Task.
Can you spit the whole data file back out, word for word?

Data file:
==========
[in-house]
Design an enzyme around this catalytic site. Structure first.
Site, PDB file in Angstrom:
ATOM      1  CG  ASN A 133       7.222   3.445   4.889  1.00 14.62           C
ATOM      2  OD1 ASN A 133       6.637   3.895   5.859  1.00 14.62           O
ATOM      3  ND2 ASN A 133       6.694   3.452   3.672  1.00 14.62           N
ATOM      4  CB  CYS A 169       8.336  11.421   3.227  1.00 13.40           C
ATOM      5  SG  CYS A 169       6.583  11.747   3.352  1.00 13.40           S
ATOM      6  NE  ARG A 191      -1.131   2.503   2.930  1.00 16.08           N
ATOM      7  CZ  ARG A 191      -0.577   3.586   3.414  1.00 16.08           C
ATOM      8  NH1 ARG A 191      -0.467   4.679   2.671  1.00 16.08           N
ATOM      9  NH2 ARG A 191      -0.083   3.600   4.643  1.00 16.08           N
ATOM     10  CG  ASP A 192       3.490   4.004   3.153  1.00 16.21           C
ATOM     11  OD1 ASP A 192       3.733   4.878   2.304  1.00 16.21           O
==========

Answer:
[in-house]
Design an enzyme around this catalytic site. Structure first.
Site, PDB file in Angstrom:
ATOM      1  CG  ASN A 133       7.222   3.445   4.889  1.00 14.62           C
ATOM      2  OD1 ASN A 133       6.637   3.895   5.859  1.00 14.62           O
ATOM      3  ND2 ASN A 133       6.694   3.452   3.672  1.00 14.62           N
ATOM      4  CB  CYS A 169       8.336  11.421   3.227  1.00 13.40           C
ATOM      5  SG  CYS A 169       6.583  11.747   3.352  1.00 13.40           S
ATOM      6  NE  ARG A 191      -1.131   2.503   2.930  1.00 16.08           N
ATOM      7  CZ  ARG A 191      -0.577   3.586   3.414  1.00 16.08           C
ATOM      8  NH1 ARG A 191      -0.467   4.679   2.671  1.00 16.08           N
ATOM      9  NH2 ARG A 191      -0.083   3.600   4.643  1.00 16.08           N
ATOM     10  CG  ASP A 192       3.490   4.004   3.153  1.00 16.21           C
ATOM     11  OD1 ASP A 192       3.733   4.878   2.304  1.00 16.21           O